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Mental health first aid: how to respond to a mental health emergency

Mental health meeting

In the first few minutes after an injury, providing first aid can help save limbs and lives. It's an essential act we can all perform with a little training. Now imagine providing mental health first aid. The goal is the same - offering initial support until appropriate professional help is available - and it's just as essential.

"We tend to think that mental health issues are rare, or happen to other people, but in reality one in five of us will experience a mental illness in the course of a year," says WSPS account manager Krista Schmid. "In this sense, it could happen to any one of us at any time."

Schmid is one of a new kind of first aid trainers. She delivers mental health first aid (MHFA), a new two-day training course offered by WSPS. Like traditional first aid training, MHFA doesn't teach people how to treat or diagnose.

"MHFA helps you recognize symptoms of possible mental health problems, such as presenteeism, anxiety, depression, and withdrawal, and gives you skills to start a conversation and help people find the support they need," explains Schmid. It also directs you to online and community-based resources, which you can access and share back at work.

The training is geared to everyone from joint health and safety committee members to supervisors, managers and others.

Why mental health is a workplace issue

The workplace can play an essential part in maintaining positive mental health. It can also contribute to mental health problems and illness. Here's a sampling of workplace factors that can influence mental health:

  • organizational culture,
  • psychological and social support,
  • clear leadership and expectations,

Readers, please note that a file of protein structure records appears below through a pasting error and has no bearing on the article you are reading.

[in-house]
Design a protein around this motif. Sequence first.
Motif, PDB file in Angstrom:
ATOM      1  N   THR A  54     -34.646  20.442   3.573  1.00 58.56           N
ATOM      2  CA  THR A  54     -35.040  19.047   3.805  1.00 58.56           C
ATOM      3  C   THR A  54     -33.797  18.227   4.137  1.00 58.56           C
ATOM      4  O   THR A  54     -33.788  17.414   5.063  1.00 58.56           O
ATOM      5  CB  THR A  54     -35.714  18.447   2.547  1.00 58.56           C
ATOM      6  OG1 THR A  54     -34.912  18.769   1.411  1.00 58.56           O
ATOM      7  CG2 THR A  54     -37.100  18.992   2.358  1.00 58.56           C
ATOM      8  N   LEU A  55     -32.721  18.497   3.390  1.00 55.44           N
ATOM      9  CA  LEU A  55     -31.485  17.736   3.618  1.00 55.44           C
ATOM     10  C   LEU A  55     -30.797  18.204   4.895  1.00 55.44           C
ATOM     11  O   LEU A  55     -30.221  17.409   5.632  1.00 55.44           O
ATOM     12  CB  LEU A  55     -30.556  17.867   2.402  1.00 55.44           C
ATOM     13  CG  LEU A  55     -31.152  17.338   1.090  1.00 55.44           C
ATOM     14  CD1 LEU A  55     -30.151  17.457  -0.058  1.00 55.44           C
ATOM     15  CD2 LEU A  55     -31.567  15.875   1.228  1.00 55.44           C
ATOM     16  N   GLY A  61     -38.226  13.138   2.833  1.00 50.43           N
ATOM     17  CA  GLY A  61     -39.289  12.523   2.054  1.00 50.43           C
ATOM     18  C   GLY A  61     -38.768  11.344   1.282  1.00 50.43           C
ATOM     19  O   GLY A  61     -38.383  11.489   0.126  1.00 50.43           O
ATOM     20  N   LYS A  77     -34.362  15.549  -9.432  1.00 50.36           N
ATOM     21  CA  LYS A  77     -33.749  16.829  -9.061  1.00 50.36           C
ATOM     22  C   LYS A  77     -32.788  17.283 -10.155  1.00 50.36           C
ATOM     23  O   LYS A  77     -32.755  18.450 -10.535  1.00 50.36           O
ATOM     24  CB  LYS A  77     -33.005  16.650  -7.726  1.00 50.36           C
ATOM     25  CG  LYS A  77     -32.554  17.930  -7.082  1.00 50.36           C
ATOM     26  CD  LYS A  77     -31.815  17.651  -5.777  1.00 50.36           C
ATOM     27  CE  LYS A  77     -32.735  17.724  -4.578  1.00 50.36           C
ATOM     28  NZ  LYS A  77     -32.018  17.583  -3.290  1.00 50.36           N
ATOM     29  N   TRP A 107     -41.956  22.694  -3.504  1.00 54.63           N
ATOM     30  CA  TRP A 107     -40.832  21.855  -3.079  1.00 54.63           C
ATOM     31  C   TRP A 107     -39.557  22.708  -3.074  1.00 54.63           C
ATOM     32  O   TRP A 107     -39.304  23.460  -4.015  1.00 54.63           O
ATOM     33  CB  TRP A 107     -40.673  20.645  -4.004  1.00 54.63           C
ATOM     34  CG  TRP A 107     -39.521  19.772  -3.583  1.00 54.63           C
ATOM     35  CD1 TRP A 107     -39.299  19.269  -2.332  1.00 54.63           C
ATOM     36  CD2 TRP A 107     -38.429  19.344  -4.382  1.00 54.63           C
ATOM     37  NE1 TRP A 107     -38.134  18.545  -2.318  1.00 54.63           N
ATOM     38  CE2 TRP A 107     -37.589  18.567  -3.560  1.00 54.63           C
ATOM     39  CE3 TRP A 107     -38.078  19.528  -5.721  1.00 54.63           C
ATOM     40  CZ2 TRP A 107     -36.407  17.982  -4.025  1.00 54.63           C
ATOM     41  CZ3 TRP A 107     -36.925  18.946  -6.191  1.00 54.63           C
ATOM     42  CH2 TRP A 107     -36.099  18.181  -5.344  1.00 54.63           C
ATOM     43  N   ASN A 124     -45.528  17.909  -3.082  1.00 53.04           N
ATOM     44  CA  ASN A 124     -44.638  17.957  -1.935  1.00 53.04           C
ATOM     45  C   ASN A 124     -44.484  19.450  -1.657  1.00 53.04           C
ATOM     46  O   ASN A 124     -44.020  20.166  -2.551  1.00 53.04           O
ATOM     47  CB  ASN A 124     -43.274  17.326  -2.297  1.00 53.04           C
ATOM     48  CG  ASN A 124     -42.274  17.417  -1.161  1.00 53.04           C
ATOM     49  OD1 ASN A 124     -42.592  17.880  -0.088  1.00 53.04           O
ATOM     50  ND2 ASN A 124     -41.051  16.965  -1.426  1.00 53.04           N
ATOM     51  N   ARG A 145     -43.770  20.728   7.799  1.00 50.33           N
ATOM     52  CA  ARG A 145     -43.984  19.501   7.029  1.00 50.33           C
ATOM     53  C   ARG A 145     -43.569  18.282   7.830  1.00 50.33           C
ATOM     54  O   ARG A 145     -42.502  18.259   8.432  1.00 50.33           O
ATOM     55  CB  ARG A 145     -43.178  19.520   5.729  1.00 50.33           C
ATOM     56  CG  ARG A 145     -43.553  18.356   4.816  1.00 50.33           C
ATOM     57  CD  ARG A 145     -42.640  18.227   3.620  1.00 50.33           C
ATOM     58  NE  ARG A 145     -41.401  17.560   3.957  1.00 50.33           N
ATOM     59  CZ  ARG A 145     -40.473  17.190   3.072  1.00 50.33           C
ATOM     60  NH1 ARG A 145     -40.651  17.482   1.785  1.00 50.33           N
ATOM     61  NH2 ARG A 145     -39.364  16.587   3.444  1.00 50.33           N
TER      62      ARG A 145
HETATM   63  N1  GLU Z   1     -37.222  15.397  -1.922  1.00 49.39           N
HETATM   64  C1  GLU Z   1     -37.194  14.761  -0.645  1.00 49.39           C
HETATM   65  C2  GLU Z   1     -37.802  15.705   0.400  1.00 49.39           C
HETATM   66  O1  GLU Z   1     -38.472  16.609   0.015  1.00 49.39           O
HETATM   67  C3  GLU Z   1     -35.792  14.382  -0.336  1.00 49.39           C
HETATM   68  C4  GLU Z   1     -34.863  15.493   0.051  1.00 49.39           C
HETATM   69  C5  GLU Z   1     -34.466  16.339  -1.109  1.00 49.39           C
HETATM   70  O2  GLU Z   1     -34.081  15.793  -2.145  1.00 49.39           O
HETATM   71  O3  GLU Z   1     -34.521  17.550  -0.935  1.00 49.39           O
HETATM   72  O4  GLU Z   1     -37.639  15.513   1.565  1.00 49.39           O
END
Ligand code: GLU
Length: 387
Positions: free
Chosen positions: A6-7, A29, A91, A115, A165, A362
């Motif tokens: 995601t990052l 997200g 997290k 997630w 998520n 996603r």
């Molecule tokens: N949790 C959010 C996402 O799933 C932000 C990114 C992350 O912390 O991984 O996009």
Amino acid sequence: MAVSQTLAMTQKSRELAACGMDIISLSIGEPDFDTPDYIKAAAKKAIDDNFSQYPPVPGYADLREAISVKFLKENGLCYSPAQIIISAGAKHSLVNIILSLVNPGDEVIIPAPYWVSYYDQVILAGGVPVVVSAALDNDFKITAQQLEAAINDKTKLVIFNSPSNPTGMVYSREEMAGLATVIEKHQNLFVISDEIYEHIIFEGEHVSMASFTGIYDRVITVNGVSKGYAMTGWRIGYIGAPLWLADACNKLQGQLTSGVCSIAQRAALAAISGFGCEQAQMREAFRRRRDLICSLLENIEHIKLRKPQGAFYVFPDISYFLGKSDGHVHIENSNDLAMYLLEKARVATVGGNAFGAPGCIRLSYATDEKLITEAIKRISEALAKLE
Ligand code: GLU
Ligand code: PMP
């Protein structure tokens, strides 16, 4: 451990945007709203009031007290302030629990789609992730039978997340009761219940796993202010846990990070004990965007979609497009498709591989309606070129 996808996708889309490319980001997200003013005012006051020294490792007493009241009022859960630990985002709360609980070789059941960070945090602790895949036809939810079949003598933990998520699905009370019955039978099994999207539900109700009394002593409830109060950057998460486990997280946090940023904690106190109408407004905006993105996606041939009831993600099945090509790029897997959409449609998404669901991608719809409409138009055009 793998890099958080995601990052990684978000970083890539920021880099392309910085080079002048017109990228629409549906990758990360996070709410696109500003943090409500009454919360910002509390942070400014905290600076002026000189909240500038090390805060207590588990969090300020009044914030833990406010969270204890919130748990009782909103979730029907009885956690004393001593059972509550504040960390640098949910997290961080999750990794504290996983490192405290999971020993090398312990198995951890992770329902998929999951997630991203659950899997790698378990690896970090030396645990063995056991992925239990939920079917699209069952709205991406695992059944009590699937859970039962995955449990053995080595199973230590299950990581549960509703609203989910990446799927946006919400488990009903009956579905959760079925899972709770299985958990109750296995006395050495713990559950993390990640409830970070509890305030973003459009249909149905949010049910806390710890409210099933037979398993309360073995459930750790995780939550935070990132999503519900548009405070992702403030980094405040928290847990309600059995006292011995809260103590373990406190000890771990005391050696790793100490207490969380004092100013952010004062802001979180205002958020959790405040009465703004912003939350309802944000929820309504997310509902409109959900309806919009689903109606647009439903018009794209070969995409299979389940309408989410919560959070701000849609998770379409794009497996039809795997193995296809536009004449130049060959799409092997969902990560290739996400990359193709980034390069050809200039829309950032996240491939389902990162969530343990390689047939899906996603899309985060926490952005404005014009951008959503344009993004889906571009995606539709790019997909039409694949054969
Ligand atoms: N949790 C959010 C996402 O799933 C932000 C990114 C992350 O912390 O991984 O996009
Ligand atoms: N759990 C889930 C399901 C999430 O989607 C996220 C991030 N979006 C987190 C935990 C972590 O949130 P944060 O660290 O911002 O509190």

• civility and respect,
  • recognition and reward,
  • workload management,
  • balance,
  • growth and development,
  • psychological protection.

How MHFA adds value to your health and safety program

"From an organizational perspective," says Schmid, "MHFA can strengthen workplace culture, increase employee engagement, improve productivity, and reduce costs."

It's a training investment that could pay for itself many times over. The Mental Health Commission of Canada notes that mental health problems and illnesses typically account for 30% of disability claims and 70% of their total costs, yet only 34% of employees report having ready access to services and tools at work to help with mental health issues.

This lack of access results in part from stigma associated with mental health problems. Stigma can hinder employees from seeking appropriate help for themselves. It can also hinder co-workers and supervisors from offering help.

"Stigma often comes from fear," explains Schmid. "People don't understand or know what to do. MHFA training provides knowledge and understanding, gives people more confidence, and helps them be more respectful to others. These are skills we can use not only in our workplaces but in our everyday lives."

How WSPS can help

  • Learn more about mental health and the workplace at WSPS' online mental health resource page. Among the resources: e-courses complementary downloads, articles, and videos.
  • Sign up for Mental Health First Aid, available onsite or in a classroom setting.
  • Register for one of these five Networking and Knowledge Exchange sessions: Mental Health - Psychological Health & Safety taking place between March 31 and June 22. Space is limited, so contact Customer Care today: 1-877-494-WSPS (9777);
  • Talk to a consultant about opportunities to develop a planned, target-driven approach to creating a healthy workplace, including implementing CSA Z1003, Psychological Health and Safety in the Workplace. Contact Customer Care: 1-877-494-WSPS (9777);